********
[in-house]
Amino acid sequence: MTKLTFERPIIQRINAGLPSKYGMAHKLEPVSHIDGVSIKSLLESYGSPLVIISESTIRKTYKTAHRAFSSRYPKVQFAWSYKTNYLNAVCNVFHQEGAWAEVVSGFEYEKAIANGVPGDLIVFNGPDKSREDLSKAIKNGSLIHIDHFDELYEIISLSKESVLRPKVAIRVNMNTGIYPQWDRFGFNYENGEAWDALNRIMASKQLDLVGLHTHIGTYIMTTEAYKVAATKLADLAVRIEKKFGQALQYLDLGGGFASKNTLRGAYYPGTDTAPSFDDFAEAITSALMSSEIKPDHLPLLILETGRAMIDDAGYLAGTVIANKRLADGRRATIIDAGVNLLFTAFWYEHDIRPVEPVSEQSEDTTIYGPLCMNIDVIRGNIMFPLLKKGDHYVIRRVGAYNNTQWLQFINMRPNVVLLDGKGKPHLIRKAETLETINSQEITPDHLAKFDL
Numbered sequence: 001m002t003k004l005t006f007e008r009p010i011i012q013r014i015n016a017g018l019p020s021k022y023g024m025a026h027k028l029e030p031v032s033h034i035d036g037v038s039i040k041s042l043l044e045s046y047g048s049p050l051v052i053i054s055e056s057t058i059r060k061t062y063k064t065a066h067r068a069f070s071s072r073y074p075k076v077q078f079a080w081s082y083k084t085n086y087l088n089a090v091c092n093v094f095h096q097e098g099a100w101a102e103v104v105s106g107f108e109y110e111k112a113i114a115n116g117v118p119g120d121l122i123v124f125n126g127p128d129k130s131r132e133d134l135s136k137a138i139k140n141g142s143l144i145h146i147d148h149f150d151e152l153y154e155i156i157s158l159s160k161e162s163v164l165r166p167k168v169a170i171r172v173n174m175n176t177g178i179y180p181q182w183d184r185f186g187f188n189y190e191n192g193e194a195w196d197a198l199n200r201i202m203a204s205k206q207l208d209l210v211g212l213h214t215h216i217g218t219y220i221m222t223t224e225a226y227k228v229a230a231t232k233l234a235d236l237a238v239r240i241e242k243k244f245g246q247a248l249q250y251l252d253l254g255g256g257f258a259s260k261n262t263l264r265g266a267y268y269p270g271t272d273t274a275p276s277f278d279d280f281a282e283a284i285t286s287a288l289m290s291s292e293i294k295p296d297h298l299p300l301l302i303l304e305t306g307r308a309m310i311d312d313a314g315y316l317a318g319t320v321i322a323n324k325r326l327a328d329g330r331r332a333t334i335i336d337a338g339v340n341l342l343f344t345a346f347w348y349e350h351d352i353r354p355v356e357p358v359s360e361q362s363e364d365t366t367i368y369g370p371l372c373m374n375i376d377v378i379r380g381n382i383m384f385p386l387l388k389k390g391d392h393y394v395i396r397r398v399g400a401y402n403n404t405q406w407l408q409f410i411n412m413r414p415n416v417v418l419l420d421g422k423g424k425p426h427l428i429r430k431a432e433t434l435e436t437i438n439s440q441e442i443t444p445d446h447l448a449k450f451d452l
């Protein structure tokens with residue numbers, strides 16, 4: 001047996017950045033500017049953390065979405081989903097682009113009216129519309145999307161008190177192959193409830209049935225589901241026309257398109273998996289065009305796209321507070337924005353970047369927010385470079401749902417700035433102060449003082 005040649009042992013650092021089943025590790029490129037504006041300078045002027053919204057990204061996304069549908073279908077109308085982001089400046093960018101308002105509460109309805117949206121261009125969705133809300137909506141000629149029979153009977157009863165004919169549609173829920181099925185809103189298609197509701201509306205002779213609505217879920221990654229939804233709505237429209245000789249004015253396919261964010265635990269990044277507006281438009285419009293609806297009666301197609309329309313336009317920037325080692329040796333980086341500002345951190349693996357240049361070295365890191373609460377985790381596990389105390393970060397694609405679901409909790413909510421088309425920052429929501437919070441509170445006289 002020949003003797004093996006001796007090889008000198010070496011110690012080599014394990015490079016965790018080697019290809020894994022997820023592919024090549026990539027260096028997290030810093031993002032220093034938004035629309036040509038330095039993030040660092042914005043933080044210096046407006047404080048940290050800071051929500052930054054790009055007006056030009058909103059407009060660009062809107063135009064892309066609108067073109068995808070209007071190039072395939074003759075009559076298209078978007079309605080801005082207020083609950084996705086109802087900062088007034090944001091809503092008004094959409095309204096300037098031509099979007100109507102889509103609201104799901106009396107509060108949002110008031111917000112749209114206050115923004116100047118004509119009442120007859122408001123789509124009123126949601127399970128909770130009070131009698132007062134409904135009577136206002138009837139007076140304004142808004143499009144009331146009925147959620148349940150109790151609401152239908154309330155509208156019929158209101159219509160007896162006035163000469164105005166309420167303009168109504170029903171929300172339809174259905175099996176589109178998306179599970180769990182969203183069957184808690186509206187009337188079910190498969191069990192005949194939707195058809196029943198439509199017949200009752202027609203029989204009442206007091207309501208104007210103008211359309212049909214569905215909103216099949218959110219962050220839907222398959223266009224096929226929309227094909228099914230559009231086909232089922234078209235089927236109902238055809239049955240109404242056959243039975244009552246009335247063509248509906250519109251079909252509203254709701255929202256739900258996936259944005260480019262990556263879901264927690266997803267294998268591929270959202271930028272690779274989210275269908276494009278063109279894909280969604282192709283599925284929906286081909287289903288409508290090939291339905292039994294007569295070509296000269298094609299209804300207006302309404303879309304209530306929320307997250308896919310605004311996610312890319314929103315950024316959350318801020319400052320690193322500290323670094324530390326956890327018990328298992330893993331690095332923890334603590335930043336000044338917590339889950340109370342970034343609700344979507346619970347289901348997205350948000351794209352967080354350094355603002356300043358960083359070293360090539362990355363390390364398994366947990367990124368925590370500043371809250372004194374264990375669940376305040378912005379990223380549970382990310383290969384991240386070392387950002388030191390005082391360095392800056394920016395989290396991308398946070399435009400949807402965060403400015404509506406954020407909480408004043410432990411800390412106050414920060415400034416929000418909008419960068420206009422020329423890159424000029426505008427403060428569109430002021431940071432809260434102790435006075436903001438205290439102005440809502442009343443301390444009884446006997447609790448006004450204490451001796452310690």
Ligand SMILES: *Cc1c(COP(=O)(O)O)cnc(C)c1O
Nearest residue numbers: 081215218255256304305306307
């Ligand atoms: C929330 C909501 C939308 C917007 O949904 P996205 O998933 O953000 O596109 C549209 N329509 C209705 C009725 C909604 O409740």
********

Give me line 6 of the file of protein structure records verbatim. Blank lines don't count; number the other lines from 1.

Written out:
Nearest residue numbers: 081215218255256304305306307